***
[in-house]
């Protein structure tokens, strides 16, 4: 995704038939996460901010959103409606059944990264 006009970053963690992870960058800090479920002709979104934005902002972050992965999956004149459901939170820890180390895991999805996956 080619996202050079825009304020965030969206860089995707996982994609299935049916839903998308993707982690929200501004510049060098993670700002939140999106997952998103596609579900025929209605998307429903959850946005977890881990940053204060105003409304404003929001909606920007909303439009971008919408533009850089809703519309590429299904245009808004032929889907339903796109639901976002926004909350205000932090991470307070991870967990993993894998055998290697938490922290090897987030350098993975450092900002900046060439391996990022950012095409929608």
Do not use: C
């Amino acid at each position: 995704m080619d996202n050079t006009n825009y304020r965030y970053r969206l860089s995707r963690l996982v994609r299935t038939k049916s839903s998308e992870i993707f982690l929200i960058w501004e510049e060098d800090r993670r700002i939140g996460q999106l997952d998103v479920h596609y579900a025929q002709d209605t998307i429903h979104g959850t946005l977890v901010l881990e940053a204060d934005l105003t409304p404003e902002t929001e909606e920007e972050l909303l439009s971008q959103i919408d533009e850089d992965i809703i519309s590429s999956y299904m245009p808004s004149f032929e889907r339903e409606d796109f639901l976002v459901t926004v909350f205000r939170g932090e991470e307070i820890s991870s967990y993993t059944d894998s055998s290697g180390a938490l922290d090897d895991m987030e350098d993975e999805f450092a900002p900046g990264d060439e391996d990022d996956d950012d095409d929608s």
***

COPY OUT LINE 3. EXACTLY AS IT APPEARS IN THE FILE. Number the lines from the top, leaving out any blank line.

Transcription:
Do not use: C